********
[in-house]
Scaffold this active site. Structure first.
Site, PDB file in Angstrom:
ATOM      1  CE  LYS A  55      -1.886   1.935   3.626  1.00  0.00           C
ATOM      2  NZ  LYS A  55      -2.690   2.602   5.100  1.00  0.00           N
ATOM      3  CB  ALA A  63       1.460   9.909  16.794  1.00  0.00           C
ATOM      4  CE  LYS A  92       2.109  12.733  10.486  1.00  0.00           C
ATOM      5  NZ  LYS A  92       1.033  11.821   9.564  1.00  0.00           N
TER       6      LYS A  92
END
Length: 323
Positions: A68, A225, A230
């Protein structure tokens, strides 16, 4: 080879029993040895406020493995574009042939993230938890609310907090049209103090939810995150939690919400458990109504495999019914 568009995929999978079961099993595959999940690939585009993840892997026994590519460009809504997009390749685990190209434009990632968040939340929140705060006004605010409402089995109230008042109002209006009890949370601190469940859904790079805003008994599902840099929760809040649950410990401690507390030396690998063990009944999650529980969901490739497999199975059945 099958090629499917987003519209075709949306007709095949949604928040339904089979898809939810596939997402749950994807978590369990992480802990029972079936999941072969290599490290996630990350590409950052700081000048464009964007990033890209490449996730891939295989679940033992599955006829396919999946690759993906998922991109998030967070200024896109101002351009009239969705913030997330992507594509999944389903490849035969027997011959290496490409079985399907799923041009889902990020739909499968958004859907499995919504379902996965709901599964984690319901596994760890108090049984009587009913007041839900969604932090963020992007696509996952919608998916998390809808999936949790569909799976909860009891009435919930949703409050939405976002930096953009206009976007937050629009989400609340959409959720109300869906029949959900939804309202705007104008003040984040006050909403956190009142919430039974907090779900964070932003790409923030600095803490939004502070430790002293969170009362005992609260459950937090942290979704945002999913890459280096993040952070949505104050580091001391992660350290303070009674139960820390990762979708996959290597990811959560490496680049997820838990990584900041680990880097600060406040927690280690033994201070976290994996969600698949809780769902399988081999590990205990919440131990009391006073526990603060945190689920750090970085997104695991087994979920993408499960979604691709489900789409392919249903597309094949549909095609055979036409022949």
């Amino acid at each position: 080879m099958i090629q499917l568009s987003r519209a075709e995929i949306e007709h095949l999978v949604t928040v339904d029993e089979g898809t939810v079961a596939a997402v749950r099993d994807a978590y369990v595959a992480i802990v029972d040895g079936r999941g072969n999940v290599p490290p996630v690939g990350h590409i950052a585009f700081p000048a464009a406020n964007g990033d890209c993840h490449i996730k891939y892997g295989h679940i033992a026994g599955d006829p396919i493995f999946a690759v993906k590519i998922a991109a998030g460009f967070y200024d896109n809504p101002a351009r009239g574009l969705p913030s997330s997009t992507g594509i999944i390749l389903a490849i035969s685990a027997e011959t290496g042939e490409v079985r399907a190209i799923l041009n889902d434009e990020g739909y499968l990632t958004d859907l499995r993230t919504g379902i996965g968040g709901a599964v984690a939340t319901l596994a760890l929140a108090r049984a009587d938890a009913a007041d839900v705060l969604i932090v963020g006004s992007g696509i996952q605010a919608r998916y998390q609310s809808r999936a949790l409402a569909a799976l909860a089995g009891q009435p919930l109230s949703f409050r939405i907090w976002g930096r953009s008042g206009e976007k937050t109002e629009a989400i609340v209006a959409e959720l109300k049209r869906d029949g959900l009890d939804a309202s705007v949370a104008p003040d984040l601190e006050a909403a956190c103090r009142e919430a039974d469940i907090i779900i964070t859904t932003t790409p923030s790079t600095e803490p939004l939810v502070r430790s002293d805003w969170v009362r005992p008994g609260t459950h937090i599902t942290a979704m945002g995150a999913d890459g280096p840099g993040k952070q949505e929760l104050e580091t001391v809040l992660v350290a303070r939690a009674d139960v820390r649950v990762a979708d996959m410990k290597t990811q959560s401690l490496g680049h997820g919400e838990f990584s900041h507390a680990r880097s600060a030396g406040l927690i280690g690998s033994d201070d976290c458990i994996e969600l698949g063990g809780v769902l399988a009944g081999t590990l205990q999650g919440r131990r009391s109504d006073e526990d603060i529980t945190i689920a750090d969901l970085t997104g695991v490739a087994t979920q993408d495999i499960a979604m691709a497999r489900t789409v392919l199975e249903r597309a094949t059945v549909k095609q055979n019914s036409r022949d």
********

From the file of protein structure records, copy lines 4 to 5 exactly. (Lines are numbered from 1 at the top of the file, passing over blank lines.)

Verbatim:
ATOM      1  CE  LYS A  55      -1.886   1.935   3.626  1.00  0.00           C
ATOM      2  NZ  LYS A  55      -2.690   2.602   5.100  1.00  0.00           N